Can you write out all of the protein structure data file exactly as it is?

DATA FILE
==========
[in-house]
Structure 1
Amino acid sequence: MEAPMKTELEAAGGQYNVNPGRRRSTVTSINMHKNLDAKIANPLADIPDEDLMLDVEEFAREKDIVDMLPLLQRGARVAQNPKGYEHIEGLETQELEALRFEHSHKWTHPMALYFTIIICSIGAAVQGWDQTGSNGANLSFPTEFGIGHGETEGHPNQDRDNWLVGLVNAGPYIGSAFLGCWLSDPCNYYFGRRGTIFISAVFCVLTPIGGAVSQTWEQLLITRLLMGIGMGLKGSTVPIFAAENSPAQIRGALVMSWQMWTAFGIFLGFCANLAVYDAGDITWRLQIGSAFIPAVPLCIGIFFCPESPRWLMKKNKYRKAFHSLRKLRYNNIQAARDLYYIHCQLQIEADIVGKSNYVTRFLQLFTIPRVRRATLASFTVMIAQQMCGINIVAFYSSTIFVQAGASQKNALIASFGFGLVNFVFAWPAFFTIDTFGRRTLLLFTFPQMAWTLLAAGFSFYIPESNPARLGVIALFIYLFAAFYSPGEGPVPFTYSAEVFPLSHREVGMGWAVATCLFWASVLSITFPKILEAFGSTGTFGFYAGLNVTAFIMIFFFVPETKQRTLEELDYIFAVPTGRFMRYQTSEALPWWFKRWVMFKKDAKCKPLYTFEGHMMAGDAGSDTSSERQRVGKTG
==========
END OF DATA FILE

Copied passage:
[in-house]
Structure 1
Amino acid sequence: MEAPMKTELEAAGGQYNVNPGRRRSTVTSINMHKNLDAKIANPLADIPDEDLMLDVEEFAREKDIVDMLPLLQRGARVAQNPKGYEHIEGLETQELEALRFEHSHKWTHPMALYFTIIICSIGAAVQGWDQTGSNGANLSFPTEFGIGHGETEGHPNQDRDNWLVGLVNAGPYIGSAFLGCWLSDPCNYYFGRRGTIFISAVFCVLTPIGGAVSQTWEQLLITRLLMGIGMGLKGSTVPIFAAENSPAQIRGALVMSWQMWTAFGIFLGFCANLAVYDAGDITWRLQIGSAFIPAVPLCIGIFFCPESPRWLMKKNKYRKAFHSLRKLRYNNIQAARDLYYIHCQLQIEADIVGKSNYVTRFLQLFTIPRVRRATLASFTVMIAQQMCGINIVAFYSSTIFVQAGASQKNALIASFGFGLVNFVFAWPAFFTIDTFGRRTLLLFTFPQMAWTLLAAGFSFYIPESNPARLGVIALFIYLFAAFYSPGEGPVPFTYSAEVFPLSHREVGMGWAVATCLFWASVLSITFPKILEAFGSTGTFGFYAGLNVTAFIMIFFFVPETKQRTLEELDYIFAVPTGRFMRYQTSEALPWWFKRWVMFKKDAKCKPLYTFEGHMMAGDAGSDTSSERQRVGKTG